February 4th, 2013
The corporation that protected workplace abusers
Imagine the largest U.S. corporation in its industry harboring abusive managers, 124 of them, despite complaints from people closest to those harmed and even inquiries from the police. It was the kind of abuse that can permanently traumatize individuals and families. Further imagine excusing the accused (because they said they did not do it) and allowing them to continue to work with no penalties or accountability for the wrongs committed. When evidence rose to undeniable levels, the CEO never admitted what the abusive managers did, never helped the people harmed, but chose to move offenders out of state or out of the country! Still no punishment. And if that wasn’t outrageous enough, imagine that the CEO claims credit for an “evolved” attitude toward the abuse after his retirement only after public revelations of his unconscionable decisions.
The corporation: Catholic Archdiocese of Los Angeles, the nation’s largest with 4 million parishioners
The CEO: Cardinal Roger M. Mahoney, 1985-2011, who defends his actions on his blog
The abuses: By 124 priests who raped and molested young boys who trusted authorities in their churches
The coverup: Mahoney moved priests some to Mexico, Spain and to other archdioceses across the country without acknowledging the abuses committed to the families
The evidence: 12,000 pages showing steps taken to deal with child abusers within the priesthood
The public reveal: By the Los Angeles Times
I say all this not to shame the Catholic Church in America. It’s been a 30 year sordid tale that continues to be revealed. And it happened across the globe. Ruth and I were in Adelaide, South Australia in 2002 when the story broke about the nation’s Governor General who was a bishop. As bishop, he too hid priests who abused parishioners. It was the church’s M.O.
The important lesson is that the Church responded much like a sectarian corporation to allegations of abuse:
• denial of the accusation,
• uncritical acceptance of the abuser’s explanation,
• modest inadequate steps to address it, then full-blown cover up,
• no attention paid to the harm inflicted on victims, no attempt to restore the victim’s health or to make them “whole”,
little to no corporate-delivered punishment for abusers, and
• safe retirement for executives.
Here at WBI, we clearly define workplace bullying as health-harming abusive mistreatment. It is not trivial “eye rolling.” It is an interpersonal assault that in its severest form can be potentially traumatizing. It is repeated and deliberate.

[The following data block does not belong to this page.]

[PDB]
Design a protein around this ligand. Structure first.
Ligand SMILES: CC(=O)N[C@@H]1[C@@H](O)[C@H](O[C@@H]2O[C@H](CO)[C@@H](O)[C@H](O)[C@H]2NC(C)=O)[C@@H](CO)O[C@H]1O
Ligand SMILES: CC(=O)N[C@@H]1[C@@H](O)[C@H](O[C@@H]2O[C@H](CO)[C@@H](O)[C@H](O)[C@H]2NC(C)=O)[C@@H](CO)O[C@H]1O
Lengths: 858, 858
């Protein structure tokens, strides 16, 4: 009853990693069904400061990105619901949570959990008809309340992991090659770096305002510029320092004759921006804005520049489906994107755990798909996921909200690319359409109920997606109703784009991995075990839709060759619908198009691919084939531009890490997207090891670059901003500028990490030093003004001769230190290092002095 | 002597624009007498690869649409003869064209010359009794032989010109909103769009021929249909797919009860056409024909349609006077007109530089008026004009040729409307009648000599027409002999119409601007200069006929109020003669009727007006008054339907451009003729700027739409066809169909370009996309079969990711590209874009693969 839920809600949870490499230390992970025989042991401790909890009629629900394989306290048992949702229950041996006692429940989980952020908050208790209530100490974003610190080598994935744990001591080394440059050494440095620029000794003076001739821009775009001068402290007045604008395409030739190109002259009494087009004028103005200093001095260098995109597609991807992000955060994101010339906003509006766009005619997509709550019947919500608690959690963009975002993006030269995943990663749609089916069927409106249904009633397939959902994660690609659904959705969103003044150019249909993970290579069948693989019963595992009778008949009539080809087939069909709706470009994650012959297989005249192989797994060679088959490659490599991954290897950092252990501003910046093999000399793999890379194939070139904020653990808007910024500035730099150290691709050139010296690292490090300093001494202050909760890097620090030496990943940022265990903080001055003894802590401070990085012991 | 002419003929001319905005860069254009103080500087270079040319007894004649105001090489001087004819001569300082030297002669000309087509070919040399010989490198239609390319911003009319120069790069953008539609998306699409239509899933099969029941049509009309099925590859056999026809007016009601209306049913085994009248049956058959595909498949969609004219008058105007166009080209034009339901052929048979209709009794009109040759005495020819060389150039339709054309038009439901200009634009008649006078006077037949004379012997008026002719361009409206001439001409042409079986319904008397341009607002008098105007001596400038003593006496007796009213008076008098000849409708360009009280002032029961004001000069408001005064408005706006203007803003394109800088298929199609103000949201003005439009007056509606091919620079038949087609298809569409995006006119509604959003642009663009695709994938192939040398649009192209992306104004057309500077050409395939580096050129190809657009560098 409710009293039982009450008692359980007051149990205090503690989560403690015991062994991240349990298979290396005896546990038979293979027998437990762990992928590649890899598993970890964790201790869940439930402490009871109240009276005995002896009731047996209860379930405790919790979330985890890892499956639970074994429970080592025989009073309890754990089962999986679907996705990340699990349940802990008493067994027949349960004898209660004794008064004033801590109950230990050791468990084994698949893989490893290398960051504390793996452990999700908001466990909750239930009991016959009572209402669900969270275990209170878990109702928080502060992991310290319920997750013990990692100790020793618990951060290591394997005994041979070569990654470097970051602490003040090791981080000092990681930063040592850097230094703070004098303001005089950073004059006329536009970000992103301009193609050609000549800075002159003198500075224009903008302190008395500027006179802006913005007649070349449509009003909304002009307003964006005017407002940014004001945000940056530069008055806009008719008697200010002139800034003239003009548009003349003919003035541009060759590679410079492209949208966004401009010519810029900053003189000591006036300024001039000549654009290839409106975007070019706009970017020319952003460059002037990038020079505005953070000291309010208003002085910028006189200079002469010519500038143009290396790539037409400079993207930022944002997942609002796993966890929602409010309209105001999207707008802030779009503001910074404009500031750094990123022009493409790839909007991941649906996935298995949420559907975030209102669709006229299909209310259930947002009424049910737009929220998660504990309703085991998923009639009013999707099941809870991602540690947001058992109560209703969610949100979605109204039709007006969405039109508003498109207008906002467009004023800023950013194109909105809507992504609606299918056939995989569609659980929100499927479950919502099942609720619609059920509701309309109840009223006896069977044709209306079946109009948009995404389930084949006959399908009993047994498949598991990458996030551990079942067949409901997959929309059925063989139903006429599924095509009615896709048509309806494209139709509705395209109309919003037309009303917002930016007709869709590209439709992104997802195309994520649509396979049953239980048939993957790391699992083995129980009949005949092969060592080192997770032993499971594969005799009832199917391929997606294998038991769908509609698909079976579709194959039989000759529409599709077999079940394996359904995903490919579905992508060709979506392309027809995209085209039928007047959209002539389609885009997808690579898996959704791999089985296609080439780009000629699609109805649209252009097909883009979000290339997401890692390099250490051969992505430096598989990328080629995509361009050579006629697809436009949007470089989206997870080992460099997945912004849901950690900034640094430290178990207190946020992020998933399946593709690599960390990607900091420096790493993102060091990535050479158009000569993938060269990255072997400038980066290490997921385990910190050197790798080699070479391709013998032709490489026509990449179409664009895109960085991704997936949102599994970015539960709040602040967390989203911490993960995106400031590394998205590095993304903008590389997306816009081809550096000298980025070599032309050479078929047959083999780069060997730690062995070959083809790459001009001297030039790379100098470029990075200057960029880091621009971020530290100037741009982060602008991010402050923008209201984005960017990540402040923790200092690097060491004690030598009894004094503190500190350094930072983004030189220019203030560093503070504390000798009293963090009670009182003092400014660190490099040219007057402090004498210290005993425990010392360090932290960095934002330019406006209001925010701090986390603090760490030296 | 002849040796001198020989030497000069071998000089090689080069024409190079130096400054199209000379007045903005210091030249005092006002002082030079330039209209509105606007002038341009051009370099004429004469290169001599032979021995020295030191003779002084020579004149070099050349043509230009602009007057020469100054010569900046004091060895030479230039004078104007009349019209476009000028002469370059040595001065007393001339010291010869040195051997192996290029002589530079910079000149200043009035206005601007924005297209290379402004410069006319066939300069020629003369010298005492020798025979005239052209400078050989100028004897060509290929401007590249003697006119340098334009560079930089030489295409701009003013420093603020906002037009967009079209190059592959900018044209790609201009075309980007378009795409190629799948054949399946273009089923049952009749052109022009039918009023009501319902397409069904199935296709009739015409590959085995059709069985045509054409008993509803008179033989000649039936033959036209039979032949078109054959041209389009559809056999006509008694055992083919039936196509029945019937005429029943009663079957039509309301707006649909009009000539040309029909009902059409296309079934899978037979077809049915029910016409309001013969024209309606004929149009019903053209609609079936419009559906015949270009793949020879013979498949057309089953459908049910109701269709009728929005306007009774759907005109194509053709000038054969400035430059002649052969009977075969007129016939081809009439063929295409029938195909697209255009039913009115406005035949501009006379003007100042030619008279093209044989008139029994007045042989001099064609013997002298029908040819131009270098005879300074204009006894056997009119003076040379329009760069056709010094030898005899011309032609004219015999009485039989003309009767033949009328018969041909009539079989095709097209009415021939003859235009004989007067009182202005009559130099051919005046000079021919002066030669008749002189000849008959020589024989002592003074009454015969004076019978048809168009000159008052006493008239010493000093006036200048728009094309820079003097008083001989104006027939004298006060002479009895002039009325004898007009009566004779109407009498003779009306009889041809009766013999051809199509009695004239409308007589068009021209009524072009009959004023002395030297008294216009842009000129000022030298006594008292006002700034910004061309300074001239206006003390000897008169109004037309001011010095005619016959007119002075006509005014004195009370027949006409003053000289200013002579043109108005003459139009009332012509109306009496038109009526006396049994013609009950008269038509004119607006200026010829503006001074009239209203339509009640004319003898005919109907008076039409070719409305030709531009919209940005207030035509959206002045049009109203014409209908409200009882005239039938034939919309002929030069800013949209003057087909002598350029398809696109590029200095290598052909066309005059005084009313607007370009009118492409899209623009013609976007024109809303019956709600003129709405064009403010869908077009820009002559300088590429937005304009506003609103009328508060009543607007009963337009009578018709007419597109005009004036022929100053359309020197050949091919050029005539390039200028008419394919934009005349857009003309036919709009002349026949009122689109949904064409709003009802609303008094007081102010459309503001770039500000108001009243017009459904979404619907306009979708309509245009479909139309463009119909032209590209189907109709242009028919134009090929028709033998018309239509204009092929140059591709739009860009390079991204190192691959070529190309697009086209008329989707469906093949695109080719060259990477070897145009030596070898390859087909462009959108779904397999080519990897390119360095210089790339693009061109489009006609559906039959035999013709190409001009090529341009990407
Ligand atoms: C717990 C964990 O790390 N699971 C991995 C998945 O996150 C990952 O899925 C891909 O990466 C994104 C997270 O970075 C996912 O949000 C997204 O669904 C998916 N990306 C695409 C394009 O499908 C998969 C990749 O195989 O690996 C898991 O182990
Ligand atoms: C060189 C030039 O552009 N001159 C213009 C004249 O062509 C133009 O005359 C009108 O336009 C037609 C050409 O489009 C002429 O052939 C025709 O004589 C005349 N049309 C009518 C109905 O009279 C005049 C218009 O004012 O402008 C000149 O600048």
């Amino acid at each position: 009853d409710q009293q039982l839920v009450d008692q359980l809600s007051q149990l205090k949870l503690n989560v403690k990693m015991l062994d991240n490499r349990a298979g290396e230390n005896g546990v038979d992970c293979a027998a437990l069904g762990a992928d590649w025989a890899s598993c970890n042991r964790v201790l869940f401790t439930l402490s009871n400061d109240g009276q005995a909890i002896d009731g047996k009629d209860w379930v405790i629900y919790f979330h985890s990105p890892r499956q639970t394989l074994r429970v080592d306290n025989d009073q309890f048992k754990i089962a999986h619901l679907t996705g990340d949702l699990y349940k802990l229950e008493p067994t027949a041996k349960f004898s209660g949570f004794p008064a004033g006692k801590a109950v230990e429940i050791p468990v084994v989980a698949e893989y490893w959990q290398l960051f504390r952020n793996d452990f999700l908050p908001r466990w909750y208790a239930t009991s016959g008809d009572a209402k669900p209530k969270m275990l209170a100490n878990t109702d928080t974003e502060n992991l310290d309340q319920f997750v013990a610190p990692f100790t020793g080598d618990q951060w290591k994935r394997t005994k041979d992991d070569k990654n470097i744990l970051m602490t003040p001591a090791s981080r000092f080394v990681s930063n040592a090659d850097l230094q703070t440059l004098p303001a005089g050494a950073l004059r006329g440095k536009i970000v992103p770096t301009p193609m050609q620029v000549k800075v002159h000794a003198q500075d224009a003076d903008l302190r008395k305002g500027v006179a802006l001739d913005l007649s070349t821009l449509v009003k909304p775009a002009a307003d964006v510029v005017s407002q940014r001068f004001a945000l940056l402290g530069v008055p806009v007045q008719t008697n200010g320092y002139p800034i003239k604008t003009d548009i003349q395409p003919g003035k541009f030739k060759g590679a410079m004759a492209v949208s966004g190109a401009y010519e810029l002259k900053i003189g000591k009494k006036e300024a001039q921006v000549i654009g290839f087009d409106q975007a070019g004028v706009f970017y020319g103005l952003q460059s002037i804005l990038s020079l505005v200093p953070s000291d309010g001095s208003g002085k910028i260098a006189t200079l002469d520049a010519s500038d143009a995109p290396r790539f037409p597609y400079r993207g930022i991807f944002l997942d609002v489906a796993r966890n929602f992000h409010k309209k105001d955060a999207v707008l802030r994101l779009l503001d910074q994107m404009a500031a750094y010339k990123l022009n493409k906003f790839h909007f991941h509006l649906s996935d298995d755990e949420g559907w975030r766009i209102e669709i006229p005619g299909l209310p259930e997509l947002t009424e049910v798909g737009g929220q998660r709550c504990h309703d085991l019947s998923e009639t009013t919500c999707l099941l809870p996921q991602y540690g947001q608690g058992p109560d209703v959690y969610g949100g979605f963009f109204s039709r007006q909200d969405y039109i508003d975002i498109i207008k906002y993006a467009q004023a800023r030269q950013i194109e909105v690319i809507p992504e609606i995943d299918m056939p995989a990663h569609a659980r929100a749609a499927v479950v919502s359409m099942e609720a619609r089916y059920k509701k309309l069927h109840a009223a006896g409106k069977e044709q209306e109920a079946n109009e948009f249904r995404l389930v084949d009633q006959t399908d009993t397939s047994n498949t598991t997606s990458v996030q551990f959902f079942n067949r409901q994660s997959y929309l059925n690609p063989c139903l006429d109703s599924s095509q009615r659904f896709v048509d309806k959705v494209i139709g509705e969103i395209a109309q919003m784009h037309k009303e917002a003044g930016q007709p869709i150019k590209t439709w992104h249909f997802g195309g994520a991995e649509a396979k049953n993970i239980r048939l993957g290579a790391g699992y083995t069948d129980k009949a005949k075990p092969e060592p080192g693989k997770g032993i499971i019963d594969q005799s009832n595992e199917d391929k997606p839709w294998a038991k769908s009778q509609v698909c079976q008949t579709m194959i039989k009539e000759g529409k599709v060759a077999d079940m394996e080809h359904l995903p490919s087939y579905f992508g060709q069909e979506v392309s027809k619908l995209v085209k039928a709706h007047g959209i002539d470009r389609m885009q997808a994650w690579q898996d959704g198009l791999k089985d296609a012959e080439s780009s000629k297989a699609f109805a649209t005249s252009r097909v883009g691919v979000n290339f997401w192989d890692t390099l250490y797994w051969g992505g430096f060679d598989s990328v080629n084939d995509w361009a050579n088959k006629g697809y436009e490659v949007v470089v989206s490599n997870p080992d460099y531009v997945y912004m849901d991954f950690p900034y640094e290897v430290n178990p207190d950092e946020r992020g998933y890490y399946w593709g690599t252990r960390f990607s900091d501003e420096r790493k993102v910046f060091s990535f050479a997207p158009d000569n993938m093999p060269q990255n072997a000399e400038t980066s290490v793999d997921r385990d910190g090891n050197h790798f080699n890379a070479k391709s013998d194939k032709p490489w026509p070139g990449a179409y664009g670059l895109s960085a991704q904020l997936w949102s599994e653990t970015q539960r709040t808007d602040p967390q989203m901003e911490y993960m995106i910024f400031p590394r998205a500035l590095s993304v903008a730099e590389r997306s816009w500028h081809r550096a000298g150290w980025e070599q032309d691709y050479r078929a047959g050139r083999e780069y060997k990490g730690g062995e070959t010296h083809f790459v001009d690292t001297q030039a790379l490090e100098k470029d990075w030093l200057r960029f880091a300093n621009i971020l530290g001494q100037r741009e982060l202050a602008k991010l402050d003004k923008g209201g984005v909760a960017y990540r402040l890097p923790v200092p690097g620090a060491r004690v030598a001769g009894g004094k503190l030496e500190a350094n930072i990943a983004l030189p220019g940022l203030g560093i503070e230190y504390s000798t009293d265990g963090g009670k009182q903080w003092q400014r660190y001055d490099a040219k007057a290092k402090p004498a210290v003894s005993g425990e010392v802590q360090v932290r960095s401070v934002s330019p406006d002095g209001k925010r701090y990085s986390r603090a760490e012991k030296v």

Abuse by priests is sexual rape or molestation. Abusive conduct at work, a.k.a. workplace bullying by our definition, is not physical. Sexual assaults at work are covered by employment discrimination and criminal laws.
That is the important distinction. Our version of abusive conduct is a form of psychological violence, stopping short of physical abuse.
In our proposed law, the Healthy Workplace Bill, legal action is reserved for misconduct that meets the criterion of health-harming consequences. It is labeled “abusive conduct,” not bullying.
Though parishioners who were abused as children by priests were not technically “employees,” they were participating in Church activities — as altar boys, camp attendees, youth on a field trip — with adult priests as supervisors in authority roles.
So it is in corporations, hospitals, government agencies, non-profit organizations, schools and universities — abuse of employees is hidden from view and abusers go unpunished.
Though the abuse of workers does not involve children or sexual predators, it too deserves to be brought to light with offenders held accountable and employers who harbor abusers shamed.
This entry was posted on Monday, February 4th, 2013 at 5:00 am and is filed under Employers Gone Wild: Doing Bad Things, Fairness & Social Justice Denied, Media About Bullying, Print: News, Blogs, Magazines. You can follow any responses to this entry through the RSS 2.0 feed. You can leave a response, or trackback from your own site.